Early signs indicated that the strong U.S.-South Korea relationship would endure under the new administration, but President Trump has begun accusing South Korean President Moon Jae In of appeasing North Korea amid an escalating crisis over the country’s nuclear weapons program. The policies employed by the U.S. and the international community have so far failed to stop North Korea’s nuclear program, and many argue that the South Korean approach—a mutual scaling back of aggression as a first step toward a formal peace agreement—is the best path forward.

Can you remember the other key facts from this week’s global-affairs coverage? Test your knowledge below:

1. The value of Mexico’s exports to the United States is about $____________ billion.

Scroll down for the answer, or find it here.

2. In the first quarter of 2017, ____________ people applied for asylum in Germany.

Scroll down for the answer, or find it here.

3. According to the United Nations Refugee Agency, ____________ people—mostly Rohingya Muslims—have fled into Bangladesh in the past two weeks.

Scroll down for the answer, or find it here.

Answers: 290 / 54,600 / 123,000

Urban Developments

Our partner site CityLab explores the cities of the future and investigates the biggest ideas and issues facing city dwellers around the world. Gracie McKenzie shares three of today’s top stories:

Amazon is reportedly seeking bids for a second headquarters location. The company's impact on Seattle has been huge. Which other U.S. cities are ready to compete for the jobs and investment?

How theme parks lie about America's pioneer history: "These romantic and politicized versions of the Old West can leave visitors longing for a past that never was."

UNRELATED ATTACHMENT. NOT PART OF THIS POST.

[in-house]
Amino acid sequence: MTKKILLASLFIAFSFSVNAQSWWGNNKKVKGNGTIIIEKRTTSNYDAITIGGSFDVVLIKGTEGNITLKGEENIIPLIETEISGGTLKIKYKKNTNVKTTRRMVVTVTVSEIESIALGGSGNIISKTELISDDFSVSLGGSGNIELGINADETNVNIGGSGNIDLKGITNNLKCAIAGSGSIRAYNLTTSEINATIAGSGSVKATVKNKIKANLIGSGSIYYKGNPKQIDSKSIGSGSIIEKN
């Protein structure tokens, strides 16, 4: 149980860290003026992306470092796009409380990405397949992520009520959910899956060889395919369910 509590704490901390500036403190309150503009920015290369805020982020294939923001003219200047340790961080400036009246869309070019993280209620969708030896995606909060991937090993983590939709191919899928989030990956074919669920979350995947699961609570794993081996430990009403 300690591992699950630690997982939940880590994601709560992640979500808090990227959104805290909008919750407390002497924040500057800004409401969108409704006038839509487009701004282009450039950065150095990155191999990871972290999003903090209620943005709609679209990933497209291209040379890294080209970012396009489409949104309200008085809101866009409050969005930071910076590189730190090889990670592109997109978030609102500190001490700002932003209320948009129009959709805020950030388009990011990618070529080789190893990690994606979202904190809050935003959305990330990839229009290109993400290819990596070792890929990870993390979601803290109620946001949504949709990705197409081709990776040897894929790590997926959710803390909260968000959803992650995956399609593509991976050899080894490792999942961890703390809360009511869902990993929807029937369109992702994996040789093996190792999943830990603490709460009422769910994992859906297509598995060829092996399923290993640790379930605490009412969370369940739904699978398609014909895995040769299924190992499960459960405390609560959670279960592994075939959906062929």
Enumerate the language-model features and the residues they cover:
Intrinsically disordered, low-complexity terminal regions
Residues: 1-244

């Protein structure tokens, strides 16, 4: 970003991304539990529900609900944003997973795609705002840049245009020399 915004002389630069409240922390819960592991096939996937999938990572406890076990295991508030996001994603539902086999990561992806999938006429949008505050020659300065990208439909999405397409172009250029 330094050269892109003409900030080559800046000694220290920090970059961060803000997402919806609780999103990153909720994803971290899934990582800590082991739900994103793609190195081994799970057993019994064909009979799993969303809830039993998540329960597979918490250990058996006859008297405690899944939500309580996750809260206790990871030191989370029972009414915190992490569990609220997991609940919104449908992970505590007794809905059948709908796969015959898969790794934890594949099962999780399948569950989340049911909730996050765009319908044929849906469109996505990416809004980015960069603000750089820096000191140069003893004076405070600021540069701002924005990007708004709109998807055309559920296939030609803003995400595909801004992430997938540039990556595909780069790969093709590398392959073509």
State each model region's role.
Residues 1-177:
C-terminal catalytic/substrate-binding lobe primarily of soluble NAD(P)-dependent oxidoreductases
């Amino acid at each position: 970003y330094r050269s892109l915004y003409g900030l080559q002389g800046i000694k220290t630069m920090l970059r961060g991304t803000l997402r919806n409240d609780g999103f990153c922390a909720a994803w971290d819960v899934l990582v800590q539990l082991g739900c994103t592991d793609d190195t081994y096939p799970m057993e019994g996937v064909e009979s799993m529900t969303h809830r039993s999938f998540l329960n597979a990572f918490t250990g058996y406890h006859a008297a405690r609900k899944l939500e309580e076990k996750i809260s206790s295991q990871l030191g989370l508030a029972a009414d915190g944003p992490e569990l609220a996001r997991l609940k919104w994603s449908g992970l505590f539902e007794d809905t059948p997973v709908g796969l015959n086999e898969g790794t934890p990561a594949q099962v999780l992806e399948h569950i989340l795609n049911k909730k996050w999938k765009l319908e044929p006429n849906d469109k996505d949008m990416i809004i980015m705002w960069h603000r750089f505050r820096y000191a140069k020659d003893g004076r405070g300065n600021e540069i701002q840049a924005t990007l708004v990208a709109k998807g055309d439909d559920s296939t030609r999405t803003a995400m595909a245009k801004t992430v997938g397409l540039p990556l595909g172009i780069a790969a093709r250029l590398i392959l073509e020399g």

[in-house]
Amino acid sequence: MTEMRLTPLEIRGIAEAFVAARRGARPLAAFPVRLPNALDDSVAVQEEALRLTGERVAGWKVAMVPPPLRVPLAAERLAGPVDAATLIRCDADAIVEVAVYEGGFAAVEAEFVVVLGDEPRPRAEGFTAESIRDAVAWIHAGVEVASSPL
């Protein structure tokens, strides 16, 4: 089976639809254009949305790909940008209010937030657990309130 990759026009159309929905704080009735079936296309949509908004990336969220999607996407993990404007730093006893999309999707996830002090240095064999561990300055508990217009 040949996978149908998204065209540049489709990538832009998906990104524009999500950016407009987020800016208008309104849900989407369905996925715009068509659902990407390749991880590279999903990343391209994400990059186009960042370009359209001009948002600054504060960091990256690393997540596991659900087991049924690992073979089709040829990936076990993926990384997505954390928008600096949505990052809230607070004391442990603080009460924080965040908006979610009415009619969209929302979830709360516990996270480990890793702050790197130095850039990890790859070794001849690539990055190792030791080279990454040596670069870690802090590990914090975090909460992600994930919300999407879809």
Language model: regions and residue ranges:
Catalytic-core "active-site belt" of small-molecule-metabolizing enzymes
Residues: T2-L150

The concept of Baltimore's Ceasefire movement is simple: Nobody kill anybody for 72 hours. Go inside the radical community response to the city's spiking murder rate.

For more updates from the urban world, subscribe to CityLab’s daily newsletter.

Reader Response

After Christopher Orr wrote about Woody Allen’s lazy filmmaking habits, one commenter wrote:

As a teen, I thought that Allen’s movies were funny. Sleeper and Love and Death come to mind. Annie Hall really is a strong comedy.

But then I started to see how derivative all of his movies were. I had not seen any Bergman or Fellini films. When I did, I saw that Allen is by no means a genius. I also saw that for the most part, he can’t even come up with his own ideas. Who needs Stardust Memories when you have 8 1/2?

Read the article here.


Cosmic record, utopian architecture, dogmatic start-ups, and auspicious quarterbacks.

Time of Your Life

Happy birthday to Georges (a year younger than DC Comics); to Mike’s wife, Candace (twice the age of The Oprah Winfrey Show); to Ted’s brother (a year younger than Pokémon); to Rob (the same age as the state of Hawaii); to April (a year younger than Nineteen Eighty-Four); to Pamela’s husband, Charlie (the same age as George Lucas); to Gilda (twice the age of Microsoft Windows); from Will to Charles, who shares a birthday with Mary’s father, Joey (both are a year younger than the Walt Disney Company); and to our assistant politics editor Priscilla Alvarez (one-seventh the age of The Atlantic).

Do you or a loved one have a birthday coming up? Sign up for a birthday shout-out here, and click here to explore the Timeline feature for yourself.

Meet The Atlantic Daily’s team here, and contact us here.

Did you get this newsletter from a friend? Sign yourself up here.